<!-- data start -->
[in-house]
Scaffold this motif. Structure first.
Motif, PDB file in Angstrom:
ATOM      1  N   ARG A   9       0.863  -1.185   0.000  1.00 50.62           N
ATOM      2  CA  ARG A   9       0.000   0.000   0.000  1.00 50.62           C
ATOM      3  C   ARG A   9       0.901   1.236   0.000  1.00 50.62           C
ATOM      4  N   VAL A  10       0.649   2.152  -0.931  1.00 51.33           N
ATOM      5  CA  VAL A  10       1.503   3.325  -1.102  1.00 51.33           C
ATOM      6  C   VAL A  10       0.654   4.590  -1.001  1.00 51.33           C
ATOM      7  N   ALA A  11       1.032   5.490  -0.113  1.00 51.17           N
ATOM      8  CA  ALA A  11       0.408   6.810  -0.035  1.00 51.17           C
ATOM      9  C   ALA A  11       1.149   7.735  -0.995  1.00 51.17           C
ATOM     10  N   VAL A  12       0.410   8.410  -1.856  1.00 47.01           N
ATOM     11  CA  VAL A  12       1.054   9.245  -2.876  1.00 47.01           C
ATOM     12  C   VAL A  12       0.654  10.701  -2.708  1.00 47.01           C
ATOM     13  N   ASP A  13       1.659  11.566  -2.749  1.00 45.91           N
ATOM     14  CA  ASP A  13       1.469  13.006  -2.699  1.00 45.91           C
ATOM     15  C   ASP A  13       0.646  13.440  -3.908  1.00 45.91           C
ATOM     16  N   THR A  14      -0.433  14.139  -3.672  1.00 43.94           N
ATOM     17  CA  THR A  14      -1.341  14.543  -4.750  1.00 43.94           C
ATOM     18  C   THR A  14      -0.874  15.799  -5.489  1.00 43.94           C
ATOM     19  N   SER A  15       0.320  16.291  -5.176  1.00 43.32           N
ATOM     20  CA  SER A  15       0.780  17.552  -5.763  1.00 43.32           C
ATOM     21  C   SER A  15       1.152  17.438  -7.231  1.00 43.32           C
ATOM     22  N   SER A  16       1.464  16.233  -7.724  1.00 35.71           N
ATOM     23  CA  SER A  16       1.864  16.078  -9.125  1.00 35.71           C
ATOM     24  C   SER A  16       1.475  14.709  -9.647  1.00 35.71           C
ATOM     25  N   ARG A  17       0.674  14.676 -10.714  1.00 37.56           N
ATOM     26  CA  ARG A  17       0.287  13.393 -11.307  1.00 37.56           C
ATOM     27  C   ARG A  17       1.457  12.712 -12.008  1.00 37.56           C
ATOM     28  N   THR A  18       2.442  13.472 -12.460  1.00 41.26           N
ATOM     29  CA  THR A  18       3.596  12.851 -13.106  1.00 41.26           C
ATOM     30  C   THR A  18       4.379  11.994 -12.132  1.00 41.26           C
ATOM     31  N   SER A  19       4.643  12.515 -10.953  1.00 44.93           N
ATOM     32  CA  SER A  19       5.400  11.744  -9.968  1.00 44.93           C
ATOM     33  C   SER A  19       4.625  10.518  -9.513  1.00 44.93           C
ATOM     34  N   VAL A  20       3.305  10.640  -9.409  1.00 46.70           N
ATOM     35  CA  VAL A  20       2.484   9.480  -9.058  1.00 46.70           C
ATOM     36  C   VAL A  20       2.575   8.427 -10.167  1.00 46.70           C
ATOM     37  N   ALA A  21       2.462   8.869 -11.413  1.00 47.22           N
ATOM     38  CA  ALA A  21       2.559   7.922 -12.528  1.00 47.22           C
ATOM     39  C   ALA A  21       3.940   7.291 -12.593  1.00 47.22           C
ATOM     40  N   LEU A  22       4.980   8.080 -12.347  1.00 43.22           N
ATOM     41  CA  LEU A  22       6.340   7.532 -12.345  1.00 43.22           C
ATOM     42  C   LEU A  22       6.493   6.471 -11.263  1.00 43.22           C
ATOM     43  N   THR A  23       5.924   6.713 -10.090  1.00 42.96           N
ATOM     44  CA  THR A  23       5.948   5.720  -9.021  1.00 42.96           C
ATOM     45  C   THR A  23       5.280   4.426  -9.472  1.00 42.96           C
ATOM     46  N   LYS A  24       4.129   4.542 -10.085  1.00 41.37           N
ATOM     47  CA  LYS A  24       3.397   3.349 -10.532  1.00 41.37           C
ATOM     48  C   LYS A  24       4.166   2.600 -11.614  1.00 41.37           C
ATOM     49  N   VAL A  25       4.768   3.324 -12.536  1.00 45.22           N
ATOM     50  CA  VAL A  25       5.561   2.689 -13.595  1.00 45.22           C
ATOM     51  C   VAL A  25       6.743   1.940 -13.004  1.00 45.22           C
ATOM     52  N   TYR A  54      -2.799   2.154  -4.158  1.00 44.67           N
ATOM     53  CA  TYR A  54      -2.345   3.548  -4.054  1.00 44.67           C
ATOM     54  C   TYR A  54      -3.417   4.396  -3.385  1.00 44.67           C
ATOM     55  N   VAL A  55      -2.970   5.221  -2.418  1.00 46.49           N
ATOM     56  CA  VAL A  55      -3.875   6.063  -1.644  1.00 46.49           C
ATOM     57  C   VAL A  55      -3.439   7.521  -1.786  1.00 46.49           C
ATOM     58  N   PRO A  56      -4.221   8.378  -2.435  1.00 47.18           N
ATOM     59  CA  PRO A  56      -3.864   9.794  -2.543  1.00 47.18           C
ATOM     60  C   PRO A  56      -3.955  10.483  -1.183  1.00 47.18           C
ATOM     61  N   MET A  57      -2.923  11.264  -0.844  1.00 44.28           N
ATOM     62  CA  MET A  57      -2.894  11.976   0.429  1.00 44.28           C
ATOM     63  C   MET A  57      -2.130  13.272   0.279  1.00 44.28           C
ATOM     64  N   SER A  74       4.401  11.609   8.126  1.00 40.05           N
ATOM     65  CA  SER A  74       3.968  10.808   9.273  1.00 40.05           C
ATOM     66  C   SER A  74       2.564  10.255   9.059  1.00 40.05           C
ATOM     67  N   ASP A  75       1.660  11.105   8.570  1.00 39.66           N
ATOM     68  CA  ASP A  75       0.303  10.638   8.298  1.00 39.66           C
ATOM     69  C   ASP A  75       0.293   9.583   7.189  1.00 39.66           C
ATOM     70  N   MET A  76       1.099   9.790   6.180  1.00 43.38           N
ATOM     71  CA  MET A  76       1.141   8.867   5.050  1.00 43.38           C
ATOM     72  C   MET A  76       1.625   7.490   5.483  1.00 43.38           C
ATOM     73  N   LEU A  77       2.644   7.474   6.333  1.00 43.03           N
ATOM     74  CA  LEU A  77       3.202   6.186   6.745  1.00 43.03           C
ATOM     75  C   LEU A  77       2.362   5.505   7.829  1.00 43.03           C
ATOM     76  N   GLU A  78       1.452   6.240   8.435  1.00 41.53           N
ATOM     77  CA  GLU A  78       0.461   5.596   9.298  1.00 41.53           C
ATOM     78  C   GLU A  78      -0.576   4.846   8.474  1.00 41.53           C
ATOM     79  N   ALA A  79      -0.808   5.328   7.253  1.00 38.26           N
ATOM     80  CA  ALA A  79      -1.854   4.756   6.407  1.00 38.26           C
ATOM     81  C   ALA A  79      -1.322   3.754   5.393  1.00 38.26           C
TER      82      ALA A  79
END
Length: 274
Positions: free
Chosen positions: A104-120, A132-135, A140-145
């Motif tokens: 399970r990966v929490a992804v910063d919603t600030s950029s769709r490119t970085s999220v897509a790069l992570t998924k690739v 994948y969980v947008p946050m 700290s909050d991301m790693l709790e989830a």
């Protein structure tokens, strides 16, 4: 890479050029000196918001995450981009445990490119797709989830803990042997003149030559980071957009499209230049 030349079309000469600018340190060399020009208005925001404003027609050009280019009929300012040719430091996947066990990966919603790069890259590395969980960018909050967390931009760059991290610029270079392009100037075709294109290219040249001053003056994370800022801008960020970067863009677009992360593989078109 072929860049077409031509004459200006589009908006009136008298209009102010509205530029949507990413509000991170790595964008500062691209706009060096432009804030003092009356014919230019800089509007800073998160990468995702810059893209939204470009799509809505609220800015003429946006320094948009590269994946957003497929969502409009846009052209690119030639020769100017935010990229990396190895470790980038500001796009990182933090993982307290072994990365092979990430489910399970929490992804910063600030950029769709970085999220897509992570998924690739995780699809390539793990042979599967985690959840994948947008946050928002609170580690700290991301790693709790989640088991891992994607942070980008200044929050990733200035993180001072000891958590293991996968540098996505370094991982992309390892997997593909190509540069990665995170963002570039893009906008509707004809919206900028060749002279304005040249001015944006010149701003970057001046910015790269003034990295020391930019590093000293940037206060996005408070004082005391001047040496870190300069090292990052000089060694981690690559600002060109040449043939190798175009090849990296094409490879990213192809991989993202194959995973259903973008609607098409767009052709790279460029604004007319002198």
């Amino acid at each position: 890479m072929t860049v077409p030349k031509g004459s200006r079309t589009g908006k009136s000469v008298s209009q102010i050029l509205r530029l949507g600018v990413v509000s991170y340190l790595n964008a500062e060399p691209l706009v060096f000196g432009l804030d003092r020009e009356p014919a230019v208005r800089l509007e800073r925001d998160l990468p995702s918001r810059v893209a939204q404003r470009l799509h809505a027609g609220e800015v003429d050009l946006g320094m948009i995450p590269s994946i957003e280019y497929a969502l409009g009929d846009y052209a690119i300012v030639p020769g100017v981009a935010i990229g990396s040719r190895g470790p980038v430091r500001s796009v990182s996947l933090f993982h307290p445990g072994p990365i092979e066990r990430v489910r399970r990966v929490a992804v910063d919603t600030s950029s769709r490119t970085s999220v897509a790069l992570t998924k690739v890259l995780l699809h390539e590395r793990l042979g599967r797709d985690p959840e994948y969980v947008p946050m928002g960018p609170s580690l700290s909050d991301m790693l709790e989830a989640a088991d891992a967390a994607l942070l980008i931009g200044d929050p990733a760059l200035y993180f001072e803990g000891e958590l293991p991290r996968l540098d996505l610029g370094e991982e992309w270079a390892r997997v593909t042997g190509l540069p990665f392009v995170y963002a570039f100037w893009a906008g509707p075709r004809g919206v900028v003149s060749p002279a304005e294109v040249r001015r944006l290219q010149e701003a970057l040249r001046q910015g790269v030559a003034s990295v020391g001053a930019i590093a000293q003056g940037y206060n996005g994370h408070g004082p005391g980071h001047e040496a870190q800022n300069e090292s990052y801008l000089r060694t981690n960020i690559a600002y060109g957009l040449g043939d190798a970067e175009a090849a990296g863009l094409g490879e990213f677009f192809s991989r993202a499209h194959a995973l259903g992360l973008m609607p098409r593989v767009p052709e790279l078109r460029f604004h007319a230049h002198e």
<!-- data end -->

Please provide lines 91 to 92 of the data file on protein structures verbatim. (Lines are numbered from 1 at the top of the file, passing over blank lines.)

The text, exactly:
């Protein structure tokens, strides 16, 4: 890479050029000196918001995450981009445990490119797709989830803990042997003149030559980071957009499209230049 030349079309000469600018340190060399020009208005925001404003027609050009280019009929300012040719430091996947066990990966919603790069890259590395969980960018909050967390931009760059991290610029270079392009100037075709294109290219040249001053003056994370800022801008960020970067863009677009992360593989078109 072929860049077409031509004459200006589009908006009136008298209009102010509205530029949507990413509000991170790595964008500062691209706009060096432009804030003092009356014919230019800089509007800073998160990468995702810059893209939204470009799509809505609220800015003429946006320094948009590269994946957003497929969502409009846009052209690119030639020769100017935010990229990396190895470790980038500001796009990182933090993982307290072994990365092979990430489910399970929490992804910063600030950029769709970085999220897509992570998924690739995780699809390539793990042979599967985690959840994948947008946050928002609170580690700290991301790693709790989640088991891992994607942070980008200044929050990733200035993180001072000891958590293991996968540098996505370094991982992309390892997997593909190509540069990665995170963002570039893009906008509707004809919206900028060749002279304005040249001015944006010149701003970057001046910015790269003034990295020391930019590093000293940037206060996005408070004082005391001047040496870190300069090292990052000089060694981690690559600002060109040449043939190798175009090849990296094409490879990213192809991989993202194959995973259903973008609607098409767009052709790279460029604004007319002198």
């Amino acid at each position: 890479m072929t860049v077409p030349k031509g004459s200006r079309t589009g908006k009136s000469v008298s209009q102010i050029l509205r530029l949507g600018v990413v509000s991170y340190l790595n964008a500062e060399p691209l706009v060096f000196g432009l804030d003092r020009e009356p014919a230019v208005r800089l509007e800073r925001d998160l990468p995702s918001r810059v893209a939204q404003r470009l799509h809505a027609g609220e800015v003429d050009l946006g320094m948009i995450p590269s994946i957003e280019y497929a969502l409009g009929d846009y052209a690119i300012v030639p020769g100017v981009a935010i990229g990396s040719r190895g470790p980038v430091r500001s796009v990182s996947l933090f993982h307290p445990g072994p990365i092979e066990r990430v489910r399970r990966v929490a992804v910063d919603t600030s950029s769709r490119t970085s999220v897509a790069l992570t998924k690739v890259l995780l699809h390539e590395r793990l042979g599967r797709d985690p959840e994948y969980v947008p946050m928002g960018p609170s580690l700290s909050d991301m790693l709790e989830a989640a088991d891992a967390a994607l942070l980008i931009g200044d929050p990733a760059l200035y993180f001072e803990g000891e958590l293991p991290r996968l540098d996505l610029g370094e991982e992309w270079a390892r997997v593909t042997g190509l540069p990665f392009v995170y963002a570039f100037w893009a906008g509707p075709r004809g919206v900028v003149s060749p002279a304005e294109v040249r001015r944006l290219q010149e701003a970057l040249r001046q910015g790269v030559a003034s990295v020391g001053a930019i590093a000293q003056g940037y206060n996005g994370h408070g004082p005391g980071h001047e040496a870190q800022n300069e090292s990052y801008l000089r060694t981690n960020i690559a600002y060109g957009l040449g043939d190798a970067e175009a090849a990296g863009l094409g490879e990213f677009f192809s991989r993202a499209h194959a995973l259903g992360l973008m609607p098409r593989v767009p052709e790279l078109r460029f604004h007319a230049h002198e």